Drapery - Beginner Acrylic Painting | Linda Celestian | Skillshare

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Drapery - Beginner Acrylic Painting

teacher avatar Linda Celestian, Learning to paint is fun

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Taught by industry leaders & working professionals
Topics include illustration, design, photography, and more

Watch this class and thousands more

Get unlimited access to every class
Taught by industry leaders & working professionals
Topics include illustration, design, photography, and more

Lessons in This Class

6 Lessons (35m)
    • 1. 1 Intro

    • 2. 2 Set Up and Supplies

    • 3. 3 Sketching and Mixing Colors

    • 4. 4 Painting Part One

    • 5. 4 Painting Part Two

    • 6. 5 Wrap Up

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About This Class

Learn how to paint drapery with confidence. This class is great for beginner and intermediate painters. The class covers drapery set-up, supplies and painting techniques.

Meet Your Teacher

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Linda Celestian

Learning to paint is fun


I'm a fine artist and a teacher. I've been painting for 30 years and teaching for 15 years. Life is short but you can keep it fun by trying new things.

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Related Skills

Fine Art Creative Drapery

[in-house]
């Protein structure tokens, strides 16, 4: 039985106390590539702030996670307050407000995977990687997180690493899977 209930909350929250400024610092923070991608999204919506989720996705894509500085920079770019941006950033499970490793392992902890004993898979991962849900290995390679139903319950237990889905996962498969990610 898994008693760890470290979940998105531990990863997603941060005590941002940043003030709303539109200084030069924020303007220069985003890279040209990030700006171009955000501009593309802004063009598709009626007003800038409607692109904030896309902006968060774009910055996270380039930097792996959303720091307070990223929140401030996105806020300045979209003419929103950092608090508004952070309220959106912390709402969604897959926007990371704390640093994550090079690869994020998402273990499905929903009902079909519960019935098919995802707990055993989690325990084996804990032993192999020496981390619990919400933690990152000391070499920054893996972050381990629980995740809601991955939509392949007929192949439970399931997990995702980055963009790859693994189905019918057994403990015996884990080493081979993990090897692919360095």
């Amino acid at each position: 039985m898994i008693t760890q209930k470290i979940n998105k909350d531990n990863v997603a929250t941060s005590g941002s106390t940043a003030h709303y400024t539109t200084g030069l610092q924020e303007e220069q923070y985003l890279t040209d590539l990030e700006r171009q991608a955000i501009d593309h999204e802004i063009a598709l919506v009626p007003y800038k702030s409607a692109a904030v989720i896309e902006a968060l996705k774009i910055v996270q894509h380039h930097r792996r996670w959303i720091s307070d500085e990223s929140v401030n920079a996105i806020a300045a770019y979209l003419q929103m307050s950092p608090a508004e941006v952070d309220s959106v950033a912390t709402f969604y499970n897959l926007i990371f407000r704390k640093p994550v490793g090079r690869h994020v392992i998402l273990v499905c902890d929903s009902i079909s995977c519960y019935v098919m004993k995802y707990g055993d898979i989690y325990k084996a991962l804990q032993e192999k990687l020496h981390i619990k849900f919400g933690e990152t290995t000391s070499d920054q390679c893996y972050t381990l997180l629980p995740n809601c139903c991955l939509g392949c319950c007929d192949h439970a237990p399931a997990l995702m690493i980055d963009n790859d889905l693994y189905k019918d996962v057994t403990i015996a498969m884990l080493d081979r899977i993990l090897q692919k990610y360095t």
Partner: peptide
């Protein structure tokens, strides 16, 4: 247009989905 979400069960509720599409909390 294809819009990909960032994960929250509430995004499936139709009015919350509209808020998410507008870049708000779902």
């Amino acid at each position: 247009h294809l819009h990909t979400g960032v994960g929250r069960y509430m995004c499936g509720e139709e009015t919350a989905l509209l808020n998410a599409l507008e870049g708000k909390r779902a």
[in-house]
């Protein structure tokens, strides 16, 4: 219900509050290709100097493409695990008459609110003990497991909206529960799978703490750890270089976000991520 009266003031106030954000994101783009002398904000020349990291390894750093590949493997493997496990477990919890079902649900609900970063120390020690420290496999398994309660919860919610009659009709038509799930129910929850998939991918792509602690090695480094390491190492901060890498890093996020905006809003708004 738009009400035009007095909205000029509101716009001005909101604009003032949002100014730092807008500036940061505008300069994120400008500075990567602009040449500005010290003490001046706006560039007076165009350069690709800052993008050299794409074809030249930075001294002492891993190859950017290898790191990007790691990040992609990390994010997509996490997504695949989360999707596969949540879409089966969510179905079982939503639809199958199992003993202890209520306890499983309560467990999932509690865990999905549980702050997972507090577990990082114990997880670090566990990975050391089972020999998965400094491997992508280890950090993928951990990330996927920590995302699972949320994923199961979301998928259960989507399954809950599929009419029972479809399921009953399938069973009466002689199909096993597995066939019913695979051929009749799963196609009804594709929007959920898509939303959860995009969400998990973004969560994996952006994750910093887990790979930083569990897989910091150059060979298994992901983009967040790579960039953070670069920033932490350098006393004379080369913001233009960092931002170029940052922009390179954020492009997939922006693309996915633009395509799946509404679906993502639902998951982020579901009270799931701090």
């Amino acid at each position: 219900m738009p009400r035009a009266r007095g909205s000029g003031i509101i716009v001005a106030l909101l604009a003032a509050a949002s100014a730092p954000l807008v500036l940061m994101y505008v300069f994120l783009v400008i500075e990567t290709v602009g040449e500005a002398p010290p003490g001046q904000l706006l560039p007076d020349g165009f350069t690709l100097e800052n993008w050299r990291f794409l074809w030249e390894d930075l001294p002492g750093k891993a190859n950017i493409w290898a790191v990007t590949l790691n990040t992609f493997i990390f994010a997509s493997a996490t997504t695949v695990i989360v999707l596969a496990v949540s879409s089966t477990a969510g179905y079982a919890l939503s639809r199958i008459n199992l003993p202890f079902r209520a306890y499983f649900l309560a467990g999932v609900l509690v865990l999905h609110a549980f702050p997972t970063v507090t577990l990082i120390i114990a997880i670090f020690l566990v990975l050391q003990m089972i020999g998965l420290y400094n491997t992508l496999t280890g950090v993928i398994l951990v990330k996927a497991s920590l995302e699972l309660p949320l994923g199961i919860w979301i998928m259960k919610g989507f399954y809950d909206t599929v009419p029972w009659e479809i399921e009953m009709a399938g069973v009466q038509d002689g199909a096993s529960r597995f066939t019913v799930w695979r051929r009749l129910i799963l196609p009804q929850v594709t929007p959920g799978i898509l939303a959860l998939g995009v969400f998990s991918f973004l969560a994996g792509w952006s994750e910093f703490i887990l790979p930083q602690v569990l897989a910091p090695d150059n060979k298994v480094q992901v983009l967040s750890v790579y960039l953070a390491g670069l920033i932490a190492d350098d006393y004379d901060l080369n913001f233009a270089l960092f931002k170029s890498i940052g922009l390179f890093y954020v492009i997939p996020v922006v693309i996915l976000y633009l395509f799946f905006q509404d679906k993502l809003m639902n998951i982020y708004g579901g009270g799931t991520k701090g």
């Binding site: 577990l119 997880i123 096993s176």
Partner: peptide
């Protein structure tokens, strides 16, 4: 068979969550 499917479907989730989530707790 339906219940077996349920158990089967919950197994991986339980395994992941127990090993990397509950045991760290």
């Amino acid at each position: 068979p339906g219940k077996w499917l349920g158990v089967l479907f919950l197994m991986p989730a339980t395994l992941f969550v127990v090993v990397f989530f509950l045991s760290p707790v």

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1. 1 Intro: Hi, I'm Linda Celestine. Welcome to my class on painting drapery. The most important concept, I believe, is understanding how to see different values, the lights and darks. So I'm going to show you how to set up a still life using drapery and strong lighting. This creates the situation to be able to see these different values in the fabric. After you have your set up, I'll explain how to mix the colors to match the values that you're seeing and also how to create smooth transitions when you're painting. I have two other classes that are great for beginners. If you want to check them out a swell, how to paint a green apple and understanding value. So I hope you'll join me in learning how to paint drapery. 2. 2 Set Up and Supplies: I always like to set something up to paint from versus using a photograph that might not have good lighting or when you go to print it, it might not print out great. So here I'm using a box and a piece of fabric, and that allows me to arrange the fabric into something that I think I would like to paint . And then I'm gonna add one direct light source. This is what my set up looks like, and creating this situation with a direct light source will allow you to see shadows and lights and darks. At this point, I like to take some photographs of my set up a swell. It's great to have these photographs as reference. I use my cell phone, and I also can even paint from my cell phone because it allows you to zoom in on certain areas. Now we can talk about supplies. I'm using palette paper here. They're going to mix my paint on. I have different brands, and some of them are open, which is a paint that keeps workable longer. If you don't use that, you can use a retard er that I'm showing here and a few different brushes. I also use a little bit of Matt Medium to mix in with my paints when they get a little bit tacky, and I'm using a palette knife to mix all my colors. 3. 3 Sketching and Mixing Colors: So I'm going to be painting on a piece of Jess owed watercolor paper. I just have that tape to a piece of foam core, and I'm using a pencil to sketch out my drapery. The paper is probably 11 by 14. So I don't like to make my studies. If I'm considering this, a study or painting too small because I don't like to use really tiny brushes, Um, or too big. If you're making a really large painting on canvas, you have to mix a lot of pain. So I suggest making this a manageable size nine by 12 or 14 by 11. So now I'm going to mix my paints. And the colors I'm using are ultra marine blue, burnt sienna, Eliza ring, crimson and white. I start by putting out a lot of the ultra marine blue because first, I'm gonna mix the color of the fabric, which is called the hue I learned over time. That helps to keep your palate organized. So I put all the colors across the top. If you're not using open paint, you can mix some of the retard er in right in the beginning so that you don't have to mix it into each color after you've mixed them to mix the color of the fabric. I'm using a little bit of burnt sienna mixed in with the ultra Marine just to dull it and then a little bit of the A listener and crimson to make it a little more purple. The fabric is a little bit lighter than this, like a dusty or color, but I'm gonna go ahead and save some of this for my darks. Then I'll add some white to bring it down to the color of the fabric. When I'm mixing colors, I always test them on a piece of paper. Here. I'm painting it on the edge so I can put it up against my little snippet of fabric here. Looks like it needs to be a little bit dollar. - I end up incorporating that dark that I had saved out back into the mixture because I had altered it too much, and then I save some again. The reason for that is because I don't want my darks to have too much white in them. So if my fabric is a lighter color, I'll save some of the pure Hugh to be used in my darks before I add white to it. Here, I decide to save some of this new version for my first dark. So now I have to darks and I will mix one more later. You'll see. So let's just see how close I'm getting to the color of that fabric there. Okay, now that I have the color of the fabric, the hue, I move some of it and mix my first tent by adding white to it. Then I move it again and add more weight to it. This way, I know each color is a lighter version of the last color. So now I need to make my darks, which is our I'm using the dark that I moved earlier and mixing it with burnt sienna. This is called a tone tones air mixed by two complementary colors. So since the fabric color is blue or the hue is blue, amusing burnt sienna as its complement because it's a very orange brown. Now I'm gonna test all my colors here on this scrap piece of paper and see if I have some a smooth transition from light to dark. It's always a good idea to do this step in case you have to mix your colors again. For instance, if you don't finish your painting in one city. 4. 4 Painting Part One: Hi. Welcome back. So I I'm starting here with the Dark's my photographs that I'm showing you here looks a little bit washed out from what I'm actually working on and what my I was seeing. But I'm starting with the darks Justus away to get my bearings into correct or work on the drawing that I laid down with pencil. As I'm working on these darks, I want to look specifically to see if there is a smooth transition from the values from dark to light or if there is a shadow being cast that has more of a clean line. So right here I'm working on a shadow that is being cast by that fold of fabric. So the far line is clean and crisp, so I want to paint it that way. Now, when I go to work on where it's describing a fold, the values change gradually and make smooth transitions. So when I'm starting, I'm looking for all the areas that might have crisp line. So I could just really put them in there and be sure that they're going to stay that way - now starting to work on this area that has some light on it. My pain is acrylic open and also has some retard or mixed in. So it allows me to work kind of wet into wet technique where I'm blending my values to get these smooth transitions. So first I'm just laying down the first tint, and then I can go back in and add On top of that, the lighter tint to like I said, create the smooth transitions. So I'm gonna go ahead and wash my breath just to have a clean start to go into these lighter values. So now I'm grabbing the next 10 and I can work right on top of the first value that I laid down. And this is how I create thes smooth transitions. I use the word value to describe the lightness or darkness of a color. Some people use the word tone, so that's what I mean by value. So now I'm adding the lightest light that I have mixed here andare looking at the set up to notice where that highlight ISS and it's at the peak of the fold for definitely towards the light source. But at the top of that fold and on either side of the peak of the fold. It will make it a subtle transition to that medium value. But because I'm working this way, just putting that wet into wet like color on top of the medium color is kind of creating that those transitions. Now I'm starting to look at where, um, where these values are matched. So once I haven't area going and I think it's working, I will look at the value that I've placed somewhere and think about where else I see that value so starting to work now in these lights on the side of the set up that it's facing the light. 5. 4 Painting Part Two: right here. I'm working on a shadow, the shadows being cast by that fold. So along there there is a clean line versus a smooth transition. So you noticed these places in the set up where you're going to see dark shadows and there's clean lines and differentiate between areas that might have smooth transitions. So here's an area where you will add the highlight in the middle of the middle value. So you're trying to with this wet into wet technique, make a smooth transition from the medium value to the highlight. I actually could have mixed even a lighter value to put on top of here in some areas. I go back in rework areas all the time, and if you're paint gets too tacky, it's best to let an area dry. And even if you have to go back and mix these colors again, you kind of have an idea of how to do that. And then you can lay that those highlights on there as long as your value is correct and not too far different from what's already there, that underneath layer that's dry, you could do these highlights on a wet onto dry ping a swell. Now I'm gonna work on this area as well. And I'm just applying the same principles over again, looking for areas that are sharp edges or that our shadows versus areas that are going over a fold that will have smooth transition. 6. 5 Wrap Up: Draper is just a fancy word for folded fabric. Draper is used in still life painting and also closed figures. I hope this class helps you to paint drapery with confidence. It does take a little practice for sure. Here are some examples of paintings I did while filming this class. Please upload your projects. I'd love to see your work and, as always, happy painting.